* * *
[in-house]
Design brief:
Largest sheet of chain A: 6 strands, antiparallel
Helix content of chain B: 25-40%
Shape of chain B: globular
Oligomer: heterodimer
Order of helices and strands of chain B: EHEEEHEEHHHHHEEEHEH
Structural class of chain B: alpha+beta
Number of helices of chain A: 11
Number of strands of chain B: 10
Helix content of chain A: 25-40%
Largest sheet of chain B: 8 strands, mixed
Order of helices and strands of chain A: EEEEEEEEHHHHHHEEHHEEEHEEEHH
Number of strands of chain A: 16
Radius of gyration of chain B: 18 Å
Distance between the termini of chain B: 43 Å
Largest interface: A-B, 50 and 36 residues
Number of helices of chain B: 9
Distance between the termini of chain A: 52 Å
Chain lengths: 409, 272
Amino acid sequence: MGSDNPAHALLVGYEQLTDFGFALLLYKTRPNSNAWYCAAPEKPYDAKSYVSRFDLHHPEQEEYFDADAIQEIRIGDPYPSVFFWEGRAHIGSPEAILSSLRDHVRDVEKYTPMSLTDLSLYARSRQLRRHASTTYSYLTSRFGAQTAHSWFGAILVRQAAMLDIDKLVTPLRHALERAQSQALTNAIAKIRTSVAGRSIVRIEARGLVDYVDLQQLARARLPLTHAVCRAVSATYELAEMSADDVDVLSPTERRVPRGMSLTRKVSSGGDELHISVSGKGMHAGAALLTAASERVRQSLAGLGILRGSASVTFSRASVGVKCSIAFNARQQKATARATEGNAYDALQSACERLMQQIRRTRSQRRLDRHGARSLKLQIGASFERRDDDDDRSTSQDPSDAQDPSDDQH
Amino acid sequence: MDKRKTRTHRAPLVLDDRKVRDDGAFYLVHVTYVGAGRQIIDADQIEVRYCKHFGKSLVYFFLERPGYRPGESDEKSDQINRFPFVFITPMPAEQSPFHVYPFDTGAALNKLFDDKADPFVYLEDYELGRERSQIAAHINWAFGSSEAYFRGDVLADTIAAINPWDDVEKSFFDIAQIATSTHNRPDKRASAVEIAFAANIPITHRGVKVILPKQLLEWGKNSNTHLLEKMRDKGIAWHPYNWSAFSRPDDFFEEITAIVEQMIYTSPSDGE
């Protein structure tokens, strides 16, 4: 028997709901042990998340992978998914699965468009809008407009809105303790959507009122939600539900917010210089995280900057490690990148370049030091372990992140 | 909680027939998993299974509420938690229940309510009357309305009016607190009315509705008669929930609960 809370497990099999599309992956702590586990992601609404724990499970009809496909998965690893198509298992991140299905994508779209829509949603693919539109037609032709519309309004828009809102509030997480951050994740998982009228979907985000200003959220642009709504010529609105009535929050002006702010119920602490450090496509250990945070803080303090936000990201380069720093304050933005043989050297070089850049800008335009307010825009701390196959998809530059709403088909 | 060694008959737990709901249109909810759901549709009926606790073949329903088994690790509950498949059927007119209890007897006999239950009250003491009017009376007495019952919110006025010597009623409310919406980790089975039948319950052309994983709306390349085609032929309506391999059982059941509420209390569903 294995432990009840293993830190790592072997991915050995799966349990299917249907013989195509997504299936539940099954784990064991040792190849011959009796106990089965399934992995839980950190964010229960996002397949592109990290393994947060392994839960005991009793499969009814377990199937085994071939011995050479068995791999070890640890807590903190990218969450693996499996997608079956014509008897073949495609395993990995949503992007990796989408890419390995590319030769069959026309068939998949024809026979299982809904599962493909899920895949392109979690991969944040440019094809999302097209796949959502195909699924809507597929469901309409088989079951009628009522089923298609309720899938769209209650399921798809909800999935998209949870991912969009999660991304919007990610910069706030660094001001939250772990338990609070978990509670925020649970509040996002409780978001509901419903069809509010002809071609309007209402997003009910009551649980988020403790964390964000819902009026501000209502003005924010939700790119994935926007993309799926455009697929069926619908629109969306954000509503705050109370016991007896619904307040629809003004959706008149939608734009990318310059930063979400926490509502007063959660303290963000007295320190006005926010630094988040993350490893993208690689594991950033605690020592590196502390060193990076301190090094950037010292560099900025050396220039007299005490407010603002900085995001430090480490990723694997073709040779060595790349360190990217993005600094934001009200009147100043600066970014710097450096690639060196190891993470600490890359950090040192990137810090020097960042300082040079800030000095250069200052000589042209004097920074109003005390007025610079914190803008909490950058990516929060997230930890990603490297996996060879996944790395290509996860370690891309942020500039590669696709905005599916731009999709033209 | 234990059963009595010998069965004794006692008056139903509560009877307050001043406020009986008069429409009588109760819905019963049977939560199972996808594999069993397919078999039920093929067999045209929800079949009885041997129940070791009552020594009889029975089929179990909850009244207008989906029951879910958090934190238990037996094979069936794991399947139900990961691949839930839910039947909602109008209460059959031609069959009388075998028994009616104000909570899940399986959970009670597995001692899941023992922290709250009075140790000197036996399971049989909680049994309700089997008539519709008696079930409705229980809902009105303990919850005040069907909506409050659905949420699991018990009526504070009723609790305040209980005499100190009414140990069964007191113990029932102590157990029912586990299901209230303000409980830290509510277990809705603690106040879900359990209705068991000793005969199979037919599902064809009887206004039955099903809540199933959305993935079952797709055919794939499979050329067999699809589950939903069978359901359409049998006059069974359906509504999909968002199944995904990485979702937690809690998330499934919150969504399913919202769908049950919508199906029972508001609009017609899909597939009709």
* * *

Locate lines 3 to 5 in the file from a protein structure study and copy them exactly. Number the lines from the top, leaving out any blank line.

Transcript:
Largest sheet of chain A: 6 strands, antiparallel
Helix content of chain B: 25-40%
Shape of chain B: globular